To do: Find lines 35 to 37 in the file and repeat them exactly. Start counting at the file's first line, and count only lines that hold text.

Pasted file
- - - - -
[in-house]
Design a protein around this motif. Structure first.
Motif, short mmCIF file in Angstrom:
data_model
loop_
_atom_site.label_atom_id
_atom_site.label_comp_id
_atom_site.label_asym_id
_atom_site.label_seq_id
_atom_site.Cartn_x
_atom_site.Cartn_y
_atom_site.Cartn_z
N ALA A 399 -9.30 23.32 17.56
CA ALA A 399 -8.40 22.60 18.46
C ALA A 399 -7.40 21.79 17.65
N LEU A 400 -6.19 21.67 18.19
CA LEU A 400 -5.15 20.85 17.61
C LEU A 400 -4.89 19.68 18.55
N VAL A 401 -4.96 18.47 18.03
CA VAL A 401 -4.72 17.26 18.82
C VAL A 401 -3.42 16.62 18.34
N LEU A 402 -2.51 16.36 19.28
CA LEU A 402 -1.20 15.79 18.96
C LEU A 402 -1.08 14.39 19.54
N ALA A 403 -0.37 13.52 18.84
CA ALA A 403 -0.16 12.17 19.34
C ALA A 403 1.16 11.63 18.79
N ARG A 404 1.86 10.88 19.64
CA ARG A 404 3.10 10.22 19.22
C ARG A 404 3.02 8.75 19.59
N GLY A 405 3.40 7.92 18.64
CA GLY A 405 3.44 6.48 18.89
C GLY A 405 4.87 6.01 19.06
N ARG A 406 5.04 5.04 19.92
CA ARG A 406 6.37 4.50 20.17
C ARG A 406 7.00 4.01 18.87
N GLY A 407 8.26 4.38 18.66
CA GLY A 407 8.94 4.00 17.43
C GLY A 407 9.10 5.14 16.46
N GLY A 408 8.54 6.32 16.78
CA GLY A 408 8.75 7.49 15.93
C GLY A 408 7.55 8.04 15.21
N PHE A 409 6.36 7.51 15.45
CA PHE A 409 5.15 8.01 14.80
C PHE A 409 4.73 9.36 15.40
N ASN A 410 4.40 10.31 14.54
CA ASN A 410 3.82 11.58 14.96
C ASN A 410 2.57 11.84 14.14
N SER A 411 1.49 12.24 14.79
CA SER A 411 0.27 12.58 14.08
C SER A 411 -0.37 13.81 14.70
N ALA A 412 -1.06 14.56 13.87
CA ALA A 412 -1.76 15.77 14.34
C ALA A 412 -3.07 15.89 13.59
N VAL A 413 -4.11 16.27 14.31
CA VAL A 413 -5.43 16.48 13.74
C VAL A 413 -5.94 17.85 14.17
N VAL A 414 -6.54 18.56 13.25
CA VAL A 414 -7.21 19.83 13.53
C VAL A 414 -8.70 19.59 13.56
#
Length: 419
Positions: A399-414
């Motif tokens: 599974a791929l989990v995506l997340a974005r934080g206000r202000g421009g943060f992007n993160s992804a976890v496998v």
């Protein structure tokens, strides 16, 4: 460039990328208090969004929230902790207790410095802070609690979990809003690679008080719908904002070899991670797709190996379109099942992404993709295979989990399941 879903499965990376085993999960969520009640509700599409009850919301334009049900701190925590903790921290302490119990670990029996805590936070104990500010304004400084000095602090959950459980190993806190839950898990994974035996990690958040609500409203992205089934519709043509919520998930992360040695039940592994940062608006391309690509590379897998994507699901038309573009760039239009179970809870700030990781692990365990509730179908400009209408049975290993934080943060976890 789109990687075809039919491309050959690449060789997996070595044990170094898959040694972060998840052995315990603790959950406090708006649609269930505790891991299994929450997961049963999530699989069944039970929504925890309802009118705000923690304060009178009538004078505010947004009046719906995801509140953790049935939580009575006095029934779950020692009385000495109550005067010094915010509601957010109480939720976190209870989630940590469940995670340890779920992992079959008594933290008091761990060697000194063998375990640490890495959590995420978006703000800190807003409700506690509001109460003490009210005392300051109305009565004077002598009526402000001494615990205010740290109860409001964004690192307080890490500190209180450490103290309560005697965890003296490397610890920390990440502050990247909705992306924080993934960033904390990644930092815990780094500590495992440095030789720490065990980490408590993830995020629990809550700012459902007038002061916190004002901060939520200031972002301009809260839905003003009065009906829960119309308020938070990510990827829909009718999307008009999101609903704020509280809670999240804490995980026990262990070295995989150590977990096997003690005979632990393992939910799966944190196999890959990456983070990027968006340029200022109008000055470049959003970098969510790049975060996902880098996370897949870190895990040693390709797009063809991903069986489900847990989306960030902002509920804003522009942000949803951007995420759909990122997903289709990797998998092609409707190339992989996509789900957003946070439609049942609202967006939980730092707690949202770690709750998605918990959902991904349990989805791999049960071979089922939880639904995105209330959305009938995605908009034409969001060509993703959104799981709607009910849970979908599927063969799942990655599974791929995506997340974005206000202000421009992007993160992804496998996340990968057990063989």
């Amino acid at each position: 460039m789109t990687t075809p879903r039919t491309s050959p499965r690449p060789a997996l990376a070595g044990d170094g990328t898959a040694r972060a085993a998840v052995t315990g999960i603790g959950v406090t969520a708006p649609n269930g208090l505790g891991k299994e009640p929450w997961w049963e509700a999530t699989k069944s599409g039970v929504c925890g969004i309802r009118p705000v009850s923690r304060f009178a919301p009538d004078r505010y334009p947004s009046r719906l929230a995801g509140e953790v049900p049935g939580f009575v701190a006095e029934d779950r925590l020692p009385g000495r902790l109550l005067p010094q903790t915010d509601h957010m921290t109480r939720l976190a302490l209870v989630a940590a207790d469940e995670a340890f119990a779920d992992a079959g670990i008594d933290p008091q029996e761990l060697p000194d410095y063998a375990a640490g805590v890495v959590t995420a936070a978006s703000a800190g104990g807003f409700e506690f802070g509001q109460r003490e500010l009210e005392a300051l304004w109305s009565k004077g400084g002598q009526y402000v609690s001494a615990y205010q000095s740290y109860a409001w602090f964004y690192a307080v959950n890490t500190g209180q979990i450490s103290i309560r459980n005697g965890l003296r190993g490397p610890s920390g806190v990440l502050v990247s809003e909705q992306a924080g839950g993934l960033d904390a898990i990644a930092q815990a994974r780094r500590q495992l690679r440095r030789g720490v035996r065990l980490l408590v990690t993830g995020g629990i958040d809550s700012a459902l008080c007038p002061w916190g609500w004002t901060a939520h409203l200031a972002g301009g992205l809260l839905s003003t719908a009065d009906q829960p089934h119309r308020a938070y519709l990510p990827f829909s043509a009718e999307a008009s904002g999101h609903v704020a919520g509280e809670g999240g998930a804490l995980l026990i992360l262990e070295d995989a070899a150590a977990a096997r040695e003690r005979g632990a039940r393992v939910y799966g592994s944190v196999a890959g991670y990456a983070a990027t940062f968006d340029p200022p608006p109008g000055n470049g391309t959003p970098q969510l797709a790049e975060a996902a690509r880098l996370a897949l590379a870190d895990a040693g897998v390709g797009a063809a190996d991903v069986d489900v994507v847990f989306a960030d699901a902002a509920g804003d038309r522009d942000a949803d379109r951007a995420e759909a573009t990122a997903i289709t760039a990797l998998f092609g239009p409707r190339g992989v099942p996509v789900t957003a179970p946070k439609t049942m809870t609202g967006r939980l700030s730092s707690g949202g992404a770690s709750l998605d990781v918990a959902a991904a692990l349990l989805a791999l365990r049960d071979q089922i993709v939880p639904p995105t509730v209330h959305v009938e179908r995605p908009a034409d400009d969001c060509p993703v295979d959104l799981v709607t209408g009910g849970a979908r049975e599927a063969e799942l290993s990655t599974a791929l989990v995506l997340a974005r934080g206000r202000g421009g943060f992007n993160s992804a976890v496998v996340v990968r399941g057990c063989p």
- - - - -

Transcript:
CA ARG A 406 6.37 4.50 20.17
C ARG A 406 7.00 4.01 18.87
N GLY A 407 8.26 4.38 18.66